Make sure to look into all of your discount options when you’re shopping. A good driving record, your car’s safety or security equipment, and certain occupations or professional affiliations are all factors that insurance companies consider when determining premiums. Pay-as-you-drive plans are now being offered by some companies at lower rates. Having a good GPA among the family’s young drivers can result in significant savings from some insurance companies. If you insure your house and car with the same company, you’ll typically save money.
Companies should be evaluated in Step 8
With this information, you can now make an informed decision. When comparing insurance policies, it’s important to remember that cost isn’t the only factor to consider. How can you tell if a company is financially stable? If you have a claim, how do you know if the insurance company will treat you fairly?
To get a better sense of an insurance company’s reputation for fairness, financial stability, and customer service, here are some places to look.
Information about insurance companies, including closed complaints, licensing information, and key financial data, can be accessed through the Consumer Information Source of the National Association of Insurance Commissioners. You can also look up consumer complaint ratios and fundamental rate comparison surveys at the insurance department of your state.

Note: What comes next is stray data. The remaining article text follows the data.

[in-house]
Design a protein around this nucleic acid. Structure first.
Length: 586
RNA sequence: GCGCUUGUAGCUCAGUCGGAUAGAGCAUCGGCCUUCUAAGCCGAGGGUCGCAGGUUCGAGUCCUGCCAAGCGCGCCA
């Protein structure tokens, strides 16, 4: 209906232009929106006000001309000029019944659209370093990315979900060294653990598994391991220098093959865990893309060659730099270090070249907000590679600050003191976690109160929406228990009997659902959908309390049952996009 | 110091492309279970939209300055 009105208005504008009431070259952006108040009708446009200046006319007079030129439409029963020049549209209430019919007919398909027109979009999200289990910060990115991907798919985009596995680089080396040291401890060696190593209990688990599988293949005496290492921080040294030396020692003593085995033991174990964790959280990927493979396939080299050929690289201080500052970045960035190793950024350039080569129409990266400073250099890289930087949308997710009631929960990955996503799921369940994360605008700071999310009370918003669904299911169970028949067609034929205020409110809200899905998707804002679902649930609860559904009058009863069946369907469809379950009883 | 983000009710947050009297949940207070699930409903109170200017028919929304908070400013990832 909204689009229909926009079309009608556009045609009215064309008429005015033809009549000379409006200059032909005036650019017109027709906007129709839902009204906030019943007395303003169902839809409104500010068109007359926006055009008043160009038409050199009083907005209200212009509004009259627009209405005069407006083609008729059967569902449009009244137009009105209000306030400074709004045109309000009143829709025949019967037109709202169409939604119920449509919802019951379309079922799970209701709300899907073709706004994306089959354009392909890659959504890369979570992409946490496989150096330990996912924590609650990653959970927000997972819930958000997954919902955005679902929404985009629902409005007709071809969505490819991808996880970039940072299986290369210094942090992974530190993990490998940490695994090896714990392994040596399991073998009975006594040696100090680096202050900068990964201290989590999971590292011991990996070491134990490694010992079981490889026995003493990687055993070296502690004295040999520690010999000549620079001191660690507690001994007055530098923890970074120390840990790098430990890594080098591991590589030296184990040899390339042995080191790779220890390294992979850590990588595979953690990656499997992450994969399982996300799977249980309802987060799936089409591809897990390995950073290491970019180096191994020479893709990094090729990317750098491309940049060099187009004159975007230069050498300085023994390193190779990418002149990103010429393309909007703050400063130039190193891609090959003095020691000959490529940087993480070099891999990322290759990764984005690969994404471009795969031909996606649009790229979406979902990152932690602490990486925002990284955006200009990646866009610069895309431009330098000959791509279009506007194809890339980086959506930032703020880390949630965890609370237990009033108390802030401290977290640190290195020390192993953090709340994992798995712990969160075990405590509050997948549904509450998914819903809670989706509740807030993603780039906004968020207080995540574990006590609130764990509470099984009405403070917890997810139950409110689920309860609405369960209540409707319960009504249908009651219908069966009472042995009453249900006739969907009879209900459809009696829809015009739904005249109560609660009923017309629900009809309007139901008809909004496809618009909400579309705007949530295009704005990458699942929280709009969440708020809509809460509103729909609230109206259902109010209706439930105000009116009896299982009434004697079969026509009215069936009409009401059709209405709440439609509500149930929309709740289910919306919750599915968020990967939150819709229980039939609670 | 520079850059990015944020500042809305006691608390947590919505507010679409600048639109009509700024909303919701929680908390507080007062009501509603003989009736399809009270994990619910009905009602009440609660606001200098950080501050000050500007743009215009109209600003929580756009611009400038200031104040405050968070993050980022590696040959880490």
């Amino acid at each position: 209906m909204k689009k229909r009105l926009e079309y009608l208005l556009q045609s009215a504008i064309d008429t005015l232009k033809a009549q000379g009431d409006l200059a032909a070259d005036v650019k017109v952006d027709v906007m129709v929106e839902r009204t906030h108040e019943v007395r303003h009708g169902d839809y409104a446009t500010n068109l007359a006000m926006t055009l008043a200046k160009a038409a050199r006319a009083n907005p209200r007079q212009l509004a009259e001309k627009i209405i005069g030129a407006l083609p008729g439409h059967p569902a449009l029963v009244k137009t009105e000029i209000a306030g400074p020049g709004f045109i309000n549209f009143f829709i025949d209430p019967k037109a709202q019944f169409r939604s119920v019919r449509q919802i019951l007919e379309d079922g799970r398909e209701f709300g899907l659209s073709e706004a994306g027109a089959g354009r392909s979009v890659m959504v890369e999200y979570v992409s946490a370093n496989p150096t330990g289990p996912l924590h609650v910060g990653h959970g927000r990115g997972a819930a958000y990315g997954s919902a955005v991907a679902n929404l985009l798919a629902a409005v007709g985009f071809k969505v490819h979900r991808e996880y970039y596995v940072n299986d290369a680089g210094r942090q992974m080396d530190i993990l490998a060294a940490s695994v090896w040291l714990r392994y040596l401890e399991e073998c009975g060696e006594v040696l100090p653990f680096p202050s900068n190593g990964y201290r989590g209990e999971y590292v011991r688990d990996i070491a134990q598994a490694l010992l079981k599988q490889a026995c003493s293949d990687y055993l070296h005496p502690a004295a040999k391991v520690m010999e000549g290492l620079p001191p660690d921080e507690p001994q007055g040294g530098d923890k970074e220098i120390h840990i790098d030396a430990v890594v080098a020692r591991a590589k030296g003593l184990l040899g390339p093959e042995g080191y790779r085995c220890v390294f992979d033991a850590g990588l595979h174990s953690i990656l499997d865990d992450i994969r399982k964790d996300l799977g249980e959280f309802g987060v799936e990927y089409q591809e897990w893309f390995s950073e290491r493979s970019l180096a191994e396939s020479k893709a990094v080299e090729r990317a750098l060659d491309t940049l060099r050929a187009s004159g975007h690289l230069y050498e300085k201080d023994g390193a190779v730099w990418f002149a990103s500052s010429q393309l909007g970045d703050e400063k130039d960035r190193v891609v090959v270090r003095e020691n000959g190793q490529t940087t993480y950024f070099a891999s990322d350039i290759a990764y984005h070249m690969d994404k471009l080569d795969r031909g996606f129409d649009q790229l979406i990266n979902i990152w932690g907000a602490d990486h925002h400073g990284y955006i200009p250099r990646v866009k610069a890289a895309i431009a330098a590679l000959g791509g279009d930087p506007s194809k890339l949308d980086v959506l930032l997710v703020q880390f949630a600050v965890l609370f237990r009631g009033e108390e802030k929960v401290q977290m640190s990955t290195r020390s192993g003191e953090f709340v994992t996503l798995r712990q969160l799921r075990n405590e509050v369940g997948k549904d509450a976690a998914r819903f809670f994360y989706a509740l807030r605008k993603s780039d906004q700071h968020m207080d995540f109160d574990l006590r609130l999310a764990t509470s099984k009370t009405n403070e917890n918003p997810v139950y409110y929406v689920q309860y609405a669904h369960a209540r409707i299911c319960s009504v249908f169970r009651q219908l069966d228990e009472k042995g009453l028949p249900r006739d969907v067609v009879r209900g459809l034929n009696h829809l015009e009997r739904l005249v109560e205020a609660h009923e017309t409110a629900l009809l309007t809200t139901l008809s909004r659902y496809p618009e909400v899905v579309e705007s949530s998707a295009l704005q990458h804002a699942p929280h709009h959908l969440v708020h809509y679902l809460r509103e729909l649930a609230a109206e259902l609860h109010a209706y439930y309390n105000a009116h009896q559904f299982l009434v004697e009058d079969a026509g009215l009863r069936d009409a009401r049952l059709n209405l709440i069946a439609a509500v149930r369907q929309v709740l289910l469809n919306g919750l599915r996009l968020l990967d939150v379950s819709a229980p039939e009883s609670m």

To learn more about a company, contact an independent insurance agent.
A.M. Best’s financial strength ratings are a good place to start when researching an insurance company’s financial health.
Check out J.D. Power and Consumer Reports surveys on customer satisfaction (subscription required).
Consult with family and friends to learn about their insurance policies and whether or not they are happy with them. In particular, inquire about the treatment they received from their insurance providers when they filed a claim. Is the service they received honest and fair? Or was it a pain in the ass to resolve the issue?
Next, you should go over the policy again.
Read over the policy’s main points once you’ve done your research and narrowed it down to a single company. Additionally, it’s important to check if “new factory,” “like kind and quality,” or “aftermarket parts” are allowed for body shop repairs, according to the Insurance Consumer Advocate Network. You may want to think twice about signing up with this company if they require you to keep your car for a certain amount of time, especially if it is a newer model. It’s better to know up front that your insurer will cover the cost of original equipment manufacturer (OEM) parts than to have to argue about it later on in the claims process.
Step 10: Terminate Your Existing Policy
Get a new policy from a different insurance company, then cancel your current policy. As a safety precaution, keep your insurance card in your wallet or in the glove compartment of your car, depending on where you live.